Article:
In support of their ninth studio album, Union, Son Volt will perform at the 9:30 Club on Sunday, May 5, led by frontman Jay Farrar, a defining and revered figure in the world of roots rock and pioneer of the alt-country movement of the 1990s.
Union confronts our current state of affairs with keen observations made through intelligent songwriting. Salon called the album “both a protest record and a tribute to protest records” and lauds Son Volt for “initiat[ing] an artistic confrontation with the sociopolitical reality of American life accessible in the headlines and on the ground.” Jay “shines a light on the growing societal issues in front of us and reminds us of the comfort and clarity that music can bring in these times,” said a press release.
Speaking with Salon, Jay said about Union, “When I was thinking about how I could be a citizen, I thought, ‘what can I do?’, and that’s when I decided to write songs.” About “Devil May Care,” Jay said in a release, “You remember, ‘Wait a minute, music is supposed to make you throw your burdens to the wind,’ so I tried to include that approach as well” in the politically charged album.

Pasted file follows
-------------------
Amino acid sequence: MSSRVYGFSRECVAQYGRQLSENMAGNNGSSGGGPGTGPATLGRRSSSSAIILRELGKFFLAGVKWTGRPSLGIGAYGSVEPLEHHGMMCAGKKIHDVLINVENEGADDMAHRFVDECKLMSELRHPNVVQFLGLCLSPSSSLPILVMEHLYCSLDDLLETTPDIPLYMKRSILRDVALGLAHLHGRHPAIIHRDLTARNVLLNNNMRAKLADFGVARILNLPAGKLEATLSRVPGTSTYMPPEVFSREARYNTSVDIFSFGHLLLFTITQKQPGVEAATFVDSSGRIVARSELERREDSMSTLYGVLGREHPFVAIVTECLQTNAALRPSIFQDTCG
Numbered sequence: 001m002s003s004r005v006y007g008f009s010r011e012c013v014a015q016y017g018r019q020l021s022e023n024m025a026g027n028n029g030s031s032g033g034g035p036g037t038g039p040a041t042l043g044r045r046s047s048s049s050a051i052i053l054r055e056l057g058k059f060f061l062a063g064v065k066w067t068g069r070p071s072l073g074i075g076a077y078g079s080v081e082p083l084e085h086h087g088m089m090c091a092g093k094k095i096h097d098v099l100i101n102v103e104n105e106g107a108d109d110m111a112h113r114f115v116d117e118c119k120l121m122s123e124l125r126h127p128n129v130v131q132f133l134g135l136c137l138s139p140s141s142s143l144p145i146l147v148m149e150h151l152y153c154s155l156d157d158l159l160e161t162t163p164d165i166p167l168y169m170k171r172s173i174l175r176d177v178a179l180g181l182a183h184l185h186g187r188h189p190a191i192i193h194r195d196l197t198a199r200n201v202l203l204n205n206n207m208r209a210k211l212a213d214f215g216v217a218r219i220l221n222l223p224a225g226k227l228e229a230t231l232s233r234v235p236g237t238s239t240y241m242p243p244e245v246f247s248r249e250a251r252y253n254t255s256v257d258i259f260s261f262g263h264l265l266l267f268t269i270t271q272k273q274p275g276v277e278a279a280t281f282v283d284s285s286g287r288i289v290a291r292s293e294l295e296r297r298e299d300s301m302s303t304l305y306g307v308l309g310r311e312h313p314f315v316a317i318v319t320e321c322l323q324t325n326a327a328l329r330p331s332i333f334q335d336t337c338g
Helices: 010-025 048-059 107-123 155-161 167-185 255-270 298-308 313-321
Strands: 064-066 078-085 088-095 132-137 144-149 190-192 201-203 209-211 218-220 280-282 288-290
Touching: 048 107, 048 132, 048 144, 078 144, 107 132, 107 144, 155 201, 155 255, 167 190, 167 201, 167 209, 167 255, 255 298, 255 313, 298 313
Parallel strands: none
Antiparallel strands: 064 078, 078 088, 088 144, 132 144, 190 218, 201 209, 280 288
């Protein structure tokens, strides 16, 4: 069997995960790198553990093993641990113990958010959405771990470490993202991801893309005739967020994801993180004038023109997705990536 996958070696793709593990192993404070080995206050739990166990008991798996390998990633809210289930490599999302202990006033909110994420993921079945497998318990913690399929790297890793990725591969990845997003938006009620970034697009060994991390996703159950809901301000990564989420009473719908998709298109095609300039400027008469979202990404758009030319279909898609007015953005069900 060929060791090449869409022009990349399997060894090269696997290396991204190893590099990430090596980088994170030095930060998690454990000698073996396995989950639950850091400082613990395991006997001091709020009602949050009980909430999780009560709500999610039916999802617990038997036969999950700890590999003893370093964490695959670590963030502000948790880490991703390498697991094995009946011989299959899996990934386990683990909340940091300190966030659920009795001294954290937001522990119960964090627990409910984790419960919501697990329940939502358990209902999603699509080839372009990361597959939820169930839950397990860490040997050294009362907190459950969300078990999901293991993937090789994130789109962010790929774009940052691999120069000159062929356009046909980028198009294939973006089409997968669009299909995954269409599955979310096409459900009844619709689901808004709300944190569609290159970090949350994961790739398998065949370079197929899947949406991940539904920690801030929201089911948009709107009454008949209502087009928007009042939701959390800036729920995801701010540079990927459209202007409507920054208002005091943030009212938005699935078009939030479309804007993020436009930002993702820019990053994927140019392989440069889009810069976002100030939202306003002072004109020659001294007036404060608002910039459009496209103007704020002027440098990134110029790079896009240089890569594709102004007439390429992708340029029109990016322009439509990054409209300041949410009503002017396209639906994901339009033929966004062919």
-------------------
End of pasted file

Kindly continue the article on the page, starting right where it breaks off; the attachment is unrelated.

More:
Watch the official music video for “Devil May Care” by Son Volt on YouTube:
Uniquely, eight of Union’s 13 songs were recorded at places associated with two figures important to Jay: labor and community organizer Mary Harris “Mother Jones” and iconic folk hero Woody Guthrie. Three songs were tracked at the Mother Jones Museum in Mount Olive, Illinois, and four others were recorded at the Woody Guthrie Center in Tulsa, Oklahoma.
Said Salon, “The characteristic Son Volt quality of folk meets rock and roll — back porch picking infused with Sun Studio raucousness under modest and heartfelt vocals delivering infectious melodies — is ever-present on Union.”